Best New Music: Joeboy Mints Aspirational Soul On “Normally”, Alongside BNXN & ODUMODUBLVCK
Best New Music: Joeboy Mints Aspirational Soul On “Normally”, Alongside BNXN & ODUMODUBLVCK

Best New Music: Joeboy Mints Aspirational Soul On “Normally”, Alongside BNXN & ODUMODUBLVCK

A masterful arrangement that emboldens the singer's sophomore album

Pop stars come in different shapes and sizes. Some are amorphous with their influences, others are more direct in their approach. In Nigerian music, few are as direct as Joeboy. Where his contemporaries eagerly create outside the seams of local soundscapes, he is dedicated to the Nigerian experience. His music exists in the lively intersection between weary old soul and youthful exhilaration, embedding an adorable vibe onto the music of Joeboy.

When “Baby” was released, it became an instant classic. More than the cherry songwriting which eased soulfully into the bright overtones of the production, it was the atmosphere of the song itself which captivated many. That energy soundtracked the pre-December energy of the country, providing joy in a country that consistently longed for it. Since then becoming one of the most bankable superstars of his generation, Joeboy has consistently demonstrated his grasp on the sound of contemporary Nigerian pop, a simple alternative to all the complexity that is the music industry today.

Over the weekend, Joeboy released his sophomore album. ‘Body & Soul’ was preceded by a string of impressive releases, excluding the title record which was released last before the album. “Contour” became a late-year banger in 2022, with Joeboy impressing his signature vocals over Tempoe’s guitar-streaked production. This year’s “Duffel Bag” continued the artist’s focus on the breezier elements of  romantic union; taking the well-trodden route of promising niceties to one’s love interest, it extended the sweet sonic run-up to ‘Body & Soul’.

The album collects pulsating pop sounds polished with sensual choices. Cohesive and minimalist, its energy banks on the almost peerless ability of Joeboy to catch a tune. This skill is demonstrated early in the album, on the first record, “Normally”. Featuring the duo of BNXN and ODUMODUBLVCK, it’s a victory song which looks squarely in the face of old demons while celebrating the gargantuan wins that comes with building up one’s profile.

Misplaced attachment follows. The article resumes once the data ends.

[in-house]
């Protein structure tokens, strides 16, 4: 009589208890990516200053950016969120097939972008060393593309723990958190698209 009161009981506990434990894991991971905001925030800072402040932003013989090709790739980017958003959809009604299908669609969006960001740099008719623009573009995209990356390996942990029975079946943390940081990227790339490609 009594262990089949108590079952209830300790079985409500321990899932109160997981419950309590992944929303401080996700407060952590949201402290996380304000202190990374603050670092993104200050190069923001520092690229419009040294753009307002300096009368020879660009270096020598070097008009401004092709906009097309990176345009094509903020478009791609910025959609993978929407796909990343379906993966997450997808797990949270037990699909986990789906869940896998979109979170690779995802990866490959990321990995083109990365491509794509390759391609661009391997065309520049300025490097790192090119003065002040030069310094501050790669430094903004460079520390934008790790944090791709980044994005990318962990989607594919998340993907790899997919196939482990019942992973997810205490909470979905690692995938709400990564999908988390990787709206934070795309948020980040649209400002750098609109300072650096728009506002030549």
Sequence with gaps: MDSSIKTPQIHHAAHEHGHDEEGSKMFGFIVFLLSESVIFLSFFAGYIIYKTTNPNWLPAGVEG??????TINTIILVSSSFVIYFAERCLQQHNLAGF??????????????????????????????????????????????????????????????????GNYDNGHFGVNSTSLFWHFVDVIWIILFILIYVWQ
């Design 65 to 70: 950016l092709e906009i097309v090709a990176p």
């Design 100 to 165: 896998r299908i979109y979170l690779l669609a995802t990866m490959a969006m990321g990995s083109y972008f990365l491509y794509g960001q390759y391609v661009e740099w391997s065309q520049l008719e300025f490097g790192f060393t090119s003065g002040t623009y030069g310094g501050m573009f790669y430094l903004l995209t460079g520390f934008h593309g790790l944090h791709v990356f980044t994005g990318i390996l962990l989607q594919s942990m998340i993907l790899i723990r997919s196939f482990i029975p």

Produced by Beatsbyko and Illerixo, a vital energy permeates the record. Almost muted percussion is paired with dreamlike loops, creating a spacey beat which allows the musicians to thrive. Between the natural ease of Joeboy and BNXN’s inspirational wordbending and Odumodu’s trademark street wisdom, there’s a lot to like about this record. It’s a gathering of originals, after all. Taking short verses across the song’s runtime, Joeboy proves the perfect host to start things off. He sings about divine backup which is most poignantly captured in the line, “Only see blessing, never see yawa/ Can’t understand there’s a higher power”, while BNXN takes after the song’s middle section.


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BNXN does great in this holding role, purposefully connecting the distinct styles of Joeboy and Odumodu. He plays a similar role in the Kizz Daniel and Seyi Vibez-featured “Gwagwalada”, which is unarguably one of the most penetrating records of the year. His melodious range also enriches the song’s aspirational hue, especially the cue-in of the Yoruba language which has, more or less, become the quintessential linguistic medium for street narratives. That done, ODUMODUBLVCK arrives to polish the song with his riveting rapping style, laying down affirmative quips with the readiness of one who has been getting returning gains on the superstar lifestyle.

His verse strips down his signature energy but maintains the internal technicalities, such as the vivid language and personal-wrought inflections. Oscillating between self-motivational bars and veiled sexual allusions, he delivers a bar such as “Physically, I be like person wey drink Agbo” side by side with “Their kele dey hustle for my bone” without losing narrative balance, indeed proving his accomplished grasp on his style. Finishing off with melodies and bigging up his collaborators (“Joeboy settle for your glory, Buju roll it up”), the record’s communal zest is masterfully interwoven with its primary direction of aspiration.

On ‘Somewhere Between Beauty and Magic’, the solo route was favoured by Joeboy. He went alone, without features, for better or worse imprinting his style across that debut album. This time around, the creative room is decidedly larger, inclusive of the fresh voices in Nigerian pop while touching base with select sounds from around the world. “Normally” is emblematic of that vision, although it plays closer to home more than away. With an excellent choice of features, it’s a song which captures where Joeboy is right now: at peace, and existing beautifully within the safety of love and community.